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For many of us, places like Bessarabia, Belorussia, and The Pale of Settlement are family history. But some Jews still call them home. Their story is our story, and it hasn't ended.

In countries like Ukraine, Moldova, Russia, and Belarus, nearly one hundred thousand Jews live in desperate conditions. Victims of both circumstance and oppression, they have faced the unimaginable: Many are Holocaust survivors; all of them endured the worst days of the Soviet regime. Now, with pensions as low as $2 day, little (if any) family to rely on, and no personal savings or government safety net, these elderly Jews have been left to face cruel hunger, debilitating medical issues, and freezing winters on their own.

But they are not alone. We are the (Re)Generation, and we are giving the Old Country new hope.

Liudmila Lublinskaya

Age 78, Kiev, Ukraine

In 1960, Liudmila was the top chess player in Ukraine and a member of the Soviet Union’s national team. She’s always seen chess as a noble endeavor, the kind of game that makes you think. And when it comes to which chess piece best defines her? She knows one thing: She’s definitely no pawn.

But life has been cruel to Liudmila, too, and she’s sometimes been subject to forces beyond her control. She was born in evacuation, 1,500 miles from Kiev, in a Russian city where her family had fled to escape the Nazis. And though she worked in a factory for decades, the collapse of the Soviet Union left her with a pension of less than $2/day.

Liudmila worked hard her whole life, only to end up alone in poverty. Now it’s up to us to help her.

Give hope back to Liudmila.

Saving Jewish Lives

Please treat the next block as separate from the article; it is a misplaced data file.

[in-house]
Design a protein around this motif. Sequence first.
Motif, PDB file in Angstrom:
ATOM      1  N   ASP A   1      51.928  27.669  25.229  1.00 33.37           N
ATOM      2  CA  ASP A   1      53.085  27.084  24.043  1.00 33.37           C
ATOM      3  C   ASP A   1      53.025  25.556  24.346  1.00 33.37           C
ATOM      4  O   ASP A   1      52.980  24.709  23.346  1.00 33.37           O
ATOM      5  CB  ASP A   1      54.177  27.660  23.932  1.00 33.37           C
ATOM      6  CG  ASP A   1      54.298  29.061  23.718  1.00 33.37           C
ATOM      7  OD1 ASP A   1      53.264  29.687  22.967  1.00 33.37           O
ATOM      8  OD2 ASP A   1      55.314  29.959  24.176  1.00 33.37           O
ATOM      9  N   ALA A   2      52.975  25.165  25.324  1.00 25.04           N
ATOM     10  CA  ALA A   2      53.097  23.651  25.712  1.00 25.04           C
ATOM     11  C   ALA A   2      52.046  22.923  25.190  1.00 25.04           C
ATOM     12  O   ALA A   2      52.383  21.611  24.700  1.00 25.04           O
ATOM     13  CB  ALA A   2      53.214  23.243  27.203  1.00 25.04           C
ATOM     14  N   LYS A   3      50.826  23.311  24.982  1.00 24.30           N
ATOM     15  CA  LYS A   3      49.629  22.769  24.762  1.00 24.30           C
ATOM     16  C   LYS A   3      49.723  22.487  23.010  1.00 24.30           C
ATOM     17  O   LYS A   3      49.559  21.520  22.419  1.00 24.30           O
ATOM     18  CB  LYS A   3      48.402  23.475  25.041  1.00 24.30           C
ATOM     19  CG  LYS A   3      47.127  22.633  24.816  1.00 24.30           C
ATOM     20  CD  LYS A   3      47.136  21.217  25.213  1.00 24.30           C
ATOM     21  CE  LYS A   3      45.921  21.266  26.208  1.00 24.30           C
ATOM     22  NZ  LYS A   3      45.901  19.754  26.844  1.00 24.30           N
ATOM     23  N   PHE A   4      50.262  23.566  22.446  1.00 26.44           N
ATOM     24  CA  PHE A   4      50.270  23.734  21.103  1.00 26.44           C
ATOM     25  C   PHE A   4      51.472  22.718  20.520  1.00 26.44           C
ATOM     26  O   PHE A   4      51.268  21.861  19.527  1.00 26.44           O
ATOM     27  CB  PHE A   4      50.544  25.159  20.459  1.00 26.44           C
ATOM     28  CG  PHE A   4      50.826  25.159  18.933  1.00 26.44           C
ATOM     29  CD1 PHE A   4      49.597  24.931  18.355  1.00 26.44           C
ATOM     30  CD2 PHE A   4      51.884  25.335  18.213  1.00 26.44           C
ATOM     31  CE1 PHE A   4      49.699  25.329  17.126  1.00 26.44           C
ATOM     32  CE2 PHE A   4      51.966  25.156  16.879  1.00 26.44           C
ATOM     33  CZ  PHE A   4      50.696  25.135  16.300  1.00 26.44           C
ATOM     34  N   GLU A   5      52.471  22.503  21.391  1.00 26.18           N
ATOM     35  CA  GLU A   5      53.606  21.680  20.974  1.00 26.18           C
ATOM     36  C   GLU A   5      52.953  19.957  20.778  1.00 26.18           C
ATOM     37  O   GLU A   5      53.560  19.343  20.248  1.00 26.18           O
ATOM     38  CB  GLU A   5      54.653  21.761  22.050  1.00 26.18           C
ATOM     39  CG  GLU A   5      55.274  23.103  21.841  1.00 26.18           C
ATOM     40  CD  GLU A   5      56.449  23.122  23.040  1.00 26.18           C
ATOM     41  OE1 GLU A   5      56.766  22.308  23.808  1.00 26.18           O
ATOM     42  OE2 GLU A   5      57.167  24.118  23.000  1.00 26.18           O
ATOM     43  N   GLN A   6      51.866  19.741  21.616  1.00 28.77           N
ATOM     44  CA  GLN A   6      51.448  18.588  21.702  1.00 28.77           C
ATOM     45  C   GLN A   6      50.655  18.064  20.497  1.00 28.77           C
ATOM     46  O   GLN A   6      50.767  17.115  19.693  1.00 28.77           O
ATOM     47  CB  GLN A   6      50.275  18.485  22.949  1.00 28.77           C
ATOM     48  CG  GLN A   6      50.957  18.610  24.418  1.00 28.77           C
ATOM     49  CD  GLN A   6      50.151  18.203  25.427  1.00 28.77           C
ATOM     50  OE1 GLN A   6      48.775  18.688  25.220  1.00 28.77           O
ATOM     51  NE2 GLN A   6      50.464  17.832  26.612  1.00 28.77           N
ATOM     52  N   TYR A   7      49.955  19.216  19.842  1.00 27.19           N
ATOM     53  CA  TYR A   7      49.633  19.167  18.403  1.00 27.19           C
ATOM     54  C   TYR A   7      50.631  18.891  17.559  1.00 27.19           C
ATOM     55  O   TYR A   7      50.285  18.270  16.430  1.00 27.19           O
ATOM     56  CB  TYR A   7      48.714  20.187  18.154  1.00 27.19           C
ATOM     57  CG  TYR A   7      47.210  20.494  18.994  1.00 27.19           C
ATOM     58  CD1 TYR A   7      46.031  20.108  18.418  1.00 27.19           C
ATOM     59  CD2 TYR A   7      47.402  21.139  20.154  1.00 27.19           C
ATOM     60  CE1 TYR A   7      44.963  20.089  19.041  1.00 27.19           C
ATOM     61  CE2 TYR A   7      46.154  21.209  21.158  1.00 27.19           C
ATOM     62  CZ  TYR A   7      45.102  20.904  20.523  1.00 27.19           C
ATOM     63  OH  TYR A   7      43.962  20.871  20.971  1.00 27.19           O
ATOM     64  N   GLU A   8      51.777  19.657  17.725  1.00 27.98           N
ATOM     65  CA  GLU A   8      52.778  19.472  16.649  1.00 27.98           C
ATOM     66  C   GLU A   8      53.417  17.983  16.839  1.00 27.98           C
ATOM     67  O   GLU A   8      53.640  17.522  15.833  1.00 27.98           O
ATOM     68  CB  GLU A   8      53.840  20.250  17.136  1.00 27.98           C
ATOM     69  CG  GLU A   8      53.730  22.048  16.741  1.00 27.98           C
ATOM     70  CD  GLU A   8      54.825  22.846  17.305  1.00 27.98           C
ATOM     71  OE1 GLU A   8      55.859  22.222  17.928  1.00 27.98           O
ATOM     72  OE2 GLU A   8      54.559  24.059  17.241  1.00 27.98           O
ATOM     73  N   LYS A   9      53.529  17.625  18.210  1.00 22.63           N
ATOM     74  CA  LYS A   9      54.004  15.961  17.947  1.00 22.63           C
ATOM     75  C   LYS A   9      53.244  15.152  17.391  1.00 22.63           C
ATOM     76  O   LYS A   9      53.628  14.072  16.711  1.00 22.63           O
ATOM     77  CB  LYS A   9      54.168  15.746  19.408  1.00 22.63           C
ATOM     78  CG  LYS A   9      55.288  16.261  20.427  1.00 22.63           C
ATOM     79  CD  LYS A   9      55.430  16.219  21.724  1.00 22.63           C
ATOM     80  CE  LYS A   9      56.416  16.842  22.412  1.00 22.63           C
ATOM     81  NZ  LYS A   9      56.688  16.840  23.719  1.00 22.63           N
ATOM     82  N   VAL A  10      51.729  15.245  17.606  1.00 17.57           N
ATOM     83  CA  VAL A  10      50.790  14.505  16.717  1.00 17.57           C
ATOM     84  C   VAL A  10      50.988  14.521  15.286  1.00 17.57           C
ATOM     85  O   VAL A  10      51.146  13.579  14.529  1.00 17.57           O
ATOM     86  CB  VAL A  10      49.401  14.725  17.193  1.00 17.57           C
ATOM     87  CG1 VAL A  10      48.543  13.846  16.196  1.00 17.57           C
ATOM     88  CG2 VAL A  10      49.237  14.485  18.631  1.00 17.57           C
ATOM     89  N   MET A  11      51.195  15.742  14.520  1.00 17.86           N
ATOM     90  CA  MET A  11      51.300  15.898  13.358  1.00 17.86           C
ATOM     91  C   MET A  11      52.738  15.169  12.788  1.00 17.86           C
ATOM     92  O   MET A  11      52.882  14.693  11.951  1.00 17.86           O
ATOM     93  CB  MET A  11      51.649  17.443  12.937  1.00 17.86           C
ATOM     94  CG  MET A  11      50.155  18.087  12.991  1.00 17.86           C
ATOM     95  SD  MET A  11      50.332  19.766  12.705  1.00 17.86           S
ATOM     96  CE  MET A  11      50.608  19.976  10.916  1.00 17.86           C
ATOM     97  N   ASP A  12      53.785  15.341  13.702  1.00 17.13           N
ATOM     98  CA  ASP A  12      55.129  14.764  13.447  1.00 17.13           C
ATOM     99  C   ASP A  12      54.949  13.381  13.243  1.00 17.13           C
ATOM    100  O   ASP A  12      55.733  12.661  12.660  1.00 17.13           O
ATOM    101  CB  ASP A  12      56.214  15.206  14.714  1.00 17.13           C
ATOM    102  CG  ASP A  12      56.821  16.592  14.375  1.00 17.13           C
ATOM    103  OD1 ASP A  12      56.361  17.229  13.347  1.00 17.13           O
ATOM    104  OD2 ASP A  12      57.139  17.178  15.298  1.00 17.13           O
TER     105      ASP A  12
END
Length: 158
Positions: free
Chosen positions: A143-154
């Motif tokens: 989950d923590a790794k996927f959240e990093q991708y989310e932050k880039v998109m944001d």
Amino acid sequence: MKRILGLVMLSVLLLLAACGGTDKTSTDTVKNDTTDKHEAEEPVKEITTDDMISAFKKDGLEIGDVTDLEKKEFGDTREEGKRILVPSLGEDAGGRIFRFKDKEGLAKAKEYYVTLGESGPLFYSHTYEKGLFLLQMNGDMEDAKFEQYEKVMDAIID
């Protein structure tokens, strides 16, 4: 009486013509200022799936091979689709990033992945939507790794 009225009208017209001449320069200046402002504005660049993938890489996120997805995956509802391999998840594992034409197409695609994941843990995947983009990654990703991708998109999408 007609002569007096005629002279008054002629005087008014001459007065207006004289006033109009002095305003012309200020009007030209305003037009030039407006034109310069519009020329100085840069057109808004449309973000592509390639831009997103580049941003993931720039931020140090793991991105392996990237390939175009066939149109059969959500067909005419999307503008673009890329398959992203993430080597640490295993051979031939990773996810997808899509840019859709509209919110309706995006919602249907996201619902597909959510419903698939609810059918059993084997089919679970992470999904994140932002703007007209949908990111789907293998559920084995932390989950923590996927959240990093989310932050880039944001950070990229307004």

JDC has been on the ground in the former Soviet Union for decades, caring for the region's elderly Jews when the majority of the world didn't even know they existed. In a single year we:

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    Provided 8,663 people with urgently-needed medical equipment like wheelchairs, crutches, and blood pressure gauges.

  • Gave winter relief to 16,874 people, ensuring they have warmth through the harsh winter.

  • Delivered 48,660 holiday food sets, bringing Jewish traditions to those who’d gone decades without.

  • Distributed 78,657 bank and food cards, offering access to essential supplies and the dignity of choice.

  • Worked 14,384,425 hours of homecare, giving the housebound vital aid and a priceless human connection.

See our care in action

Together, we can guarantee that this work — which brings security, community, and dignity to so many — continues, so every Jew lives with hope.

How Did This Happen?

Under communism, citizens of the Soviet Union were guaranteed government support for their entire lives. Though hard work and responsibility were central values in Soviet life, there was no culture of saving money for retirement—there was no need.

Then, in December 1991, the Soviet Union collapsed.

Practically overnight, pensions were slashed, social welfare systems unraveled, and prices spiked. Already meager life savings dwindled. Though most elderly Jews in the former Soviet Union once led successful careers as doctors, lawyers, scientists, or educators, today, they have little to show for their labor. And because of the Soviet government’s aggressive efforts to dismantle religious communities, the devastation wrought by World War II, and a century of anti-Semitism, they don’t have the support structures and families we rely on as we grow older.

Despite these impossible cirumstances, elderly Jews throughout the former Soviet Union have carried on.

The story continues. Sign up for news and more tales from the old country.

About JDC

For more than 100 years, the American Jewish Joint Distribution Committee (JDC) has been saving Jewish lives, building Jewish life, and transforming Jewish values into action that benefits all people in need. As the world’s leading Jewish humanitarian aid group, JDC today works in some 70 countries and in Israel to alleviate hunger and hardship, rescue Jews in danger, create lasting connections to Jewish life, and provide disaster relief and development support for victims of natural and man-made disasters.

Go to JDC.org